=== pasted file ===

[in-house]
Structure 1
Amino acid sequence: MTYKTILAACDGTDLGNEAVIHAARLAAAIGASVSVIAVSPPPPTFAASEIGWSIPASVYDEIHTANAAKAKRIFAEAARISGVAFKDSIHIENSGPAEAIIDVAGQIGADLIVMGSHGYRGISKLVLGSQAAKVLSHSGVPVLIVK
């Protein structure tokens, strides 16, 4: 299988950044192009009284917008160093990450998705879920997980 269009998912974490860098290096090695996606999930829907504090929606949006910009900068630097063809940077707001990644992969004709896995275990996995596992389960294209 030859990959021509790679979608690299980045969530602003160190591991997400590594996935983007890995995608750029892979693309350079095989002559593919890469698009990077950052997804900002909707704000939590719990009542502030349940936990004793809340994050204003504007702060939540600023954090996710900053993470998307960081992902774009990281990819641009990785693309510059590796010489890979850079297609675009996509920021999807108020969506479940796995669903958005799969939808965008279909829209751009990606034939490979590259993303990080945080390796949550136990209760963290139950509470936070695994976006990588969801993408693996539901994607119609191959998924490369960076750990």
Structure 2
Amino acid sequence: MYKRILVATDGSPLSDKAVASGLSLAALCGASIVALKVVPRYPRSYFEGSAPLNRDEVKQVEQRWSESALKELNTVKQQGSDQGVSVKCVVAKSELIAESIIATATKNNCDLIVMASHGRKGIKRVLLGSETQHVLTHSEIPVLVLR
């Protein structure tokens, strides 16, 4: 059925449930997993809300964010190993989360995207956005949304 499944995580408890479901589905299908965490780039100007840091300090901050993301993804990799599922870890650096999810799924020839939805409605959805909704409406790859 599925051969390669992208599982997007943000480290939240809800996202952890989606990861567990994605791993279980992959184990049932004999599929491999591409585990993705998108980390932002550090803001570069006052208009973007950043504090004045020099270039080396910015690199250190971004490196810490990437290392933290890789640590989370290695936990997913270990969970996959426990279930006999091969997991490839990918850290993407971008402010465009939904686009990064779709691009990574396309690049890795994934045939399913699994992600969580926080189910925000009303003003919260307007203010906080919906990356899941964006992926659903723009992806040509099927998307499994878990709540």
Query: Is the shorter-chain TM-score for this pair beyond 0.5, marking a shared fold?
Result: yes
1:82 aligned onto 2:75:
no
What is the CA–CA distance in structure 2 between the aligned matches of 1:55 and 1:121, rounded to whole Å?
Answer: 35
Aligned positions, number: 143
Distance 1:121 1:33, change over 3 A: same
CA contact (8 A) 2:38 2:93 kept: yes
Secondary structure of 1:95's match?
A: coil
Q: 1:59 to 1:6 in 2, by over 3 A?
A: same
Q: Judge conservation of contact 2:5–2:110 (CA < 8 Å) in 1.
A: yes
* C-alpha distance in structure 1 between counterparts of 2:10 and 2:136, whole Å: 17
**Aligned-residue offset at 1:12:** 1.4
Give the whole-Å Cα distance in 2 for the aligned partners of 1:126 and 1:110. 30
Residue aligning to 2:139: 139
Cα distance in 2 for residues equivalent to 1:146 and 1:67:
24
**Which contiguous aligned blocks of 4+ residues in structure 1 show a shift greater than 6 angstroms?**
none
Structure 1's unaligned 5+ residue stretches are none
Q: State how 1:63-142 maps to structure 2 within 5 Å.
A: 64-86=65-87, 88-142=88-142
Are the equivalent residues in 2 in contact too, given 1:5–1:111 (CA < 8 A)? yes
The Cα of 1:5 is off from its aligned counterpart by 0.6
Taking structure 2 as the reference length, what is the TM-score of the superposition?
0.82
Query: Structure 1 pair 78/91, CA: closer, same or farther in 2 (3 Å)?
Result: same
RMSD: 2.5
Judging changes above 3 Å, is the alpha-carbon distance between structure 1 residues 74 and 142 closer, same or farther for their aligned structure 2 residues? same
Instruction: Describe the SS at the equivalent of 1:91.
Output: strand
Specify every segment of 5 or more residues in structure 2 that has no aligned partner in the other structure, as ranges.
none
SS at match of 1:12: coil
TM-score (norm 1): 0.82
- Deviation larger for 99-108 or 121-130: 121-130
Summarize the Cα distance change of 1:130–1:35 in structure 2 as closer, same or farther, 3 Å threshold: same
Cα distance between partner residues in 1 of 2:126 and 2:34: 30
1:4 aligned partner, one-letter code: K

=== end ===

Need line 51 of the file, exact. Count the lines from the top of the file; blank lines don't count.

1:4 aligned partner, one-letter code: K